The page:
British telecom major Vodafone said on Wednesday that the government is looking to tax it twice over.
The company was referring to its total tax liability of Rs 20,000 crore (Rs 200 billion) in terms of capital gains tax of a 2007 deal to buy into Hutch Essar as well as a transfer pricing case.
Vodafone had been in talks with the government to resolve the tax issues, but in vain.
It had been long battling the capital gains tax case where it was to pay up Rs 11,200 crore (Rs 112 billion).
In addition, the income tax department also slapped a Rs 6,700-crore (Rs 67-billion) tax over a transfer pricing matter.
The total amount also includes penalty and interest.
“In addition to the main tax case, the government also sought, in a transfer pricing claim, to tax an alleged transfer of call options held by a company.
“No such transfer took place.
“The options were held both before and after the Hutchison Essar sale by the same company.
“In seeking to tax the full value of the Hutchison Essar sale and then to claim tax on an alleged transfer of options in the Hutchison Essar sale, the government is seeking to tax one event twice,” Vodafone said in a press statement.
The company claims the Supreme Court had examined the Hutchison structure and concluded that there was no transfer or assignment of call options in the Hutchison Essar sale.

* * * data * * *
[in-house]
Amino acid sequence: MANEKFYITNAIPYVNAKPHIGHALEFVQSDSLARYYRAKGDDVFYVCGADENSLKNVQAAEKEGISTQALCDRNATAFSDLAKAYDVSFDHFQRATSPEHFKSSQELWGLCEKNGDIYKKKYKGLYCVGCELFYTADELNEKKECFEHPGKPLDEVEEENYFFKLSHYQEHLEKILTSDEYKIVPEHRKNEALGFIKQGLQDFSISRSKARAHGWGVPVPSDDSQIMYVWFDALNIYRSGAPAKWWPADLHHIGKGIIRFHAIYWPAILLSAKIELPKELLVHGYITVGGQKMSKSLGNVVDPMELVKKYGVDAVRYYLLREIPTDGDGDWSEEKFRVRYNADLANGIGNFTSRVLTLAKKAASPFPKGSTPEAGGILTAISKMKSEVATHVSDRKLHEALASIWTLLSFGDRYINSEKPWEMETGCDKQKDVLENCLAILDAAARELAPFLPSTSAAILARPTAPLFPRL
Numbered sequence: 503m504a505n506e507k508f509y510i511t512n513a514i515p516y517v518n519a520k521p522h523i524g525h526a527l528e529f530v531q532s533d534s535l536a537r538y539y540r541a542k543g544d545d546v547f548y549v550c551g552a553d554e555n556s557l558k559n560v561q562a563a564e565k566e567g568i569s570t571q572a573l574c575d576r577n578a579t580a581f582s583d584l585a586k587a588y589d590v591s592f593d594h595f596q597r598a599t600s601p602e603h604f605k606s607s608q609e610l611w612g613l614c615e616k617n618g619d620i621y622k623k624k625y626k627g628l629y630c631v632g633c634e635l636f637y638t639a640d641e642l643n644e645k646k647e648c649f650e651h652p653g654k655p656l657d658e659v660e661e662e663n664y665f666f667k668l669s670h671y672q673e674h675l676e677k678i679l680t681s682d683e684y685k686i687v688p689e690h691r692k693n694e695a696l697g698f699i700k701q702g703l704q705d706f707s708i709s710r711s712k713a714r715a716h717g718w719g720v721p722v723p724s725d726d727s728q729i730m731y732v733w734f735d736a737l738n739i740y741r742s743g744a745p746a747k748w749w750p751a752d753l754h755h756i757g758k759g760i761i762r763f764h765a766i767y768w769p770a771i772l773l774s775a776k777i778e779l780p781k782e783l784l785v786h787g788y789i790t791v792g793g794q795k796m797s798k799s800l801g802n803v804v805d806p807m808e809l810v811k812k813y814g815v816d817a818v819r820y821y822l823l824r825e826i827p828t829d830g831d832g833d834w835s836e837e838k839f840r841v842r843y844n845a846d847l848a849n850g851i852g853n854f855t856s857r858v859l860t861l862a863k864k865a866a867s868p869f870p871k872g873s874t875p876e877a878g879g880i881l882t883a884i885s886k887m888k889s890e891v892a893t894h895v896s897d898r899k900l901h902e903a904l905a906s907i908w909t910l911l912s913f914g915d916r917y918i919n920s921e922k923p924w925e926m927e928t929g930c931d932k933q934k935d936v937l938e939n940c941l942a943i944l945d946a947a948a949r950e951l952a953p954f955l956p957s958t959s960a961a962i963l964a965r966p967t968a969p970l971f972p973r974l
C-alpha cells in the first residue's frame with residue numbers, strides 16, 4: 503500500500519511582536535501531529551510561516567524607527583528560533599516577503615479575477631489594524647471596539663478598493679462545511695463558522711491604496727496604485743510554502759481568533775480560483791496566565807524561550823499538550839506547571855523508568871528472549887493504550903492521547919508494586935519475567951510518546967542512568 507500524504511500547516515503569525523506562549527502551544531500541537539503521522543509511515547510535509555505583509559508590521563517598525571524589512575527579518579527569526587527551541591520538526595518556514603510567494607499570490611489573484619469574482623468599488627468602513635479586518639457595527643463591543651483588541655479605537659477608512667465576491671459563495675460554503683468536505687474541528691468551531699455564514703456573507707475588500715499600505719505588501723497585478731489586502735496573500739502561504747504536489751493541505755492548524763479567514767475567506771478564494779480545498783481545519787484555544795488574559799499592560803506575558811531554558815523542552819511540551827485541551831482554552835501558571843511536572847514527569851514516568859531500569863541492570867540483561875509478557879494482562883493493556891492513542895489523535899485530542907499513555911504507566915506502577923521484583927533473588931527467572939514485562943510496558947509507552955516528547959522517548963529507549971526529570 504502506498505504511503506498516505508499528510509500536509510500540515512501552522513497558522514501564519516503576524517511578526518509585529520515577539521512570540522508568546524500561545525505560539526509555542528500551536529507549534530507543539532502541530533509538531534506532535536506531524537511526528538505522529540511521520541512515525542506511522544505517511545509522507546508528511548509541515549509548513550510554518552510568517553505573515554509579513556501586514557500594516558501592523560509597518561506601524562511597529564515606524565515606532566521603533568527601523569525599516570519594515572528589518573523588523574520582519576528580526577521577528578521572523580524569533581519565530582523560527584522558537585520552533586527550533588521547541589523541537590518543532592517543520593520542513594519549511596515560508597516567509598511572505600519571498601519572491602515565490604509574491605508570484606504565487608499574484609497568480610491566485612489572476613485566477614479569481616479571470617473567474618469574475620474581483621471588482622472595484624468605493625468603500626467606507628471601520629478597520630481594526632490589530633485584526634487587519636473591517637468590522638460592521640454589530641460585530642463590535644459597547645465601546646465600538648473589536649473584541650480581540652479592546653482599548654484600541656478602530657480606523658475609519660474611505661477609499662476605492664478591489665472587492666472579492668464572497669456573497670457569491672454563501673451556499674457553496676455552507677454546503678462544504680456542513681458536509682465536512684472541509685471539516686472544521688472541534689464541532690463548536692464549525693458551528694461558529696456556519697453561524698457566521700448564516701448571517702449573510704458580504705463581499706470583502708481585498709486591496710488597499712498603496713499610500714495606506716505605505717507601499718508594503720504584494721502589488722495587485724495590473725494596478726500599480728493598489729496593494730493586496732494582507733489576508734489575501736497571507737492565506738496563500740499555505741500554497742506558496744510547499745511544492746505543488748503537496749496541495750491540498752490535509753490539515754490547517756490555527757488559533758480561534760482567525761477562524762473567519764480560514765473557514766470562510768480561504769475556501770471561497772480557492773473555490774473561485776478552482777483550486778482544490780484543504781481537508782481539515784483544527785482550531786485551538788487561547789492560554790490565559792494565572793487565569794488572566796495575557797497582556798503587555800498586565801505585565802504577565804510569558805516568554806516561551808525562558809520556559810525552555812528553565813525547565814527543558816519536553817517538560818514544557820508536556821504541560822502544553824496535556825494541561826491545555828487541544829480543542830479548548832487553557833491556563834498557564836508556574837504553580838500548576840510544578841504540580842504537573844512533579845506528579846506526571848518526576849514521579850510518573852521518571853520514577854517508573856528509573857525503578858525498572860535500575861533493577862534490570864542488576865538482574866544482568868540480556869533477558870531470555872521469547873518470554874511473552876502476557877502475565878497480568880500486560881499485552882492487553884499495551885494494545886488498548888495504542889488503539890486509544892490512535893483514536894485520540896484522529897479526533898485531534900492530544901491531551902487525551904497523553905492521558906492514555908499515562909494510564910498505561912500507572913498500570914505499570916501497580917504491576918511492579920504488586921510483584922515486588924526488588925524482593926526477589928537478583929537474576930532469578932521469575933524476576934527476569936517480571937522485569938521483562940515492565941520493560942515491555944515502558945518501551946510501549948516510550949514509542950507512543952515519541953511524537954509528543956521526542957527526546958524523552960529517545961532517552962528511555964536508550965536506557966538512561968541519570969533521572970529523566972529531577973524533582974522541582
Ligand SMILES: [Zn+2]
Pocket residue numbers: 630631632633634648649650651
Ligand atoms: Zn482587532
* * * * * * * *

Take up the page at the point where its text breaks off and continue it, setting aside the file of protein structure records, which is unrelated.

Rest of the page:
The company is battling two transfer pricing cases, which have been referred back to the Appellate, after they went to the Bombay High Court.
The call options are now being held by Vodafone India Services, based in Pune.
“The VISPL transfer pricing dispute on the alleged options transfer is entirely included within the dispute about tax on the Hutchison Essar sale and, as such, is included in the notices of Bilateral Investment Treaty claims against the government of India,” said Vodafone.
Government willing to restart conciliation
The government appears to be willing to restart conciliation talks with UK-based Vodafone if the telecom firm makes up its mind to settle the Rs 20,000-crore (Rs 200-billion) tax dispute.
A day after Finance Minister P Chidambaram said it is up to the revenue department to enforce the tax notice on the company, highly placed sources said if Vodafone makes up its mind on conciliation, it can happen in a few days.
“If Vodafone decides to begin the conciliation, if two conciliators can be appointed, then the conciliation process should not take more than a few days,” sources said.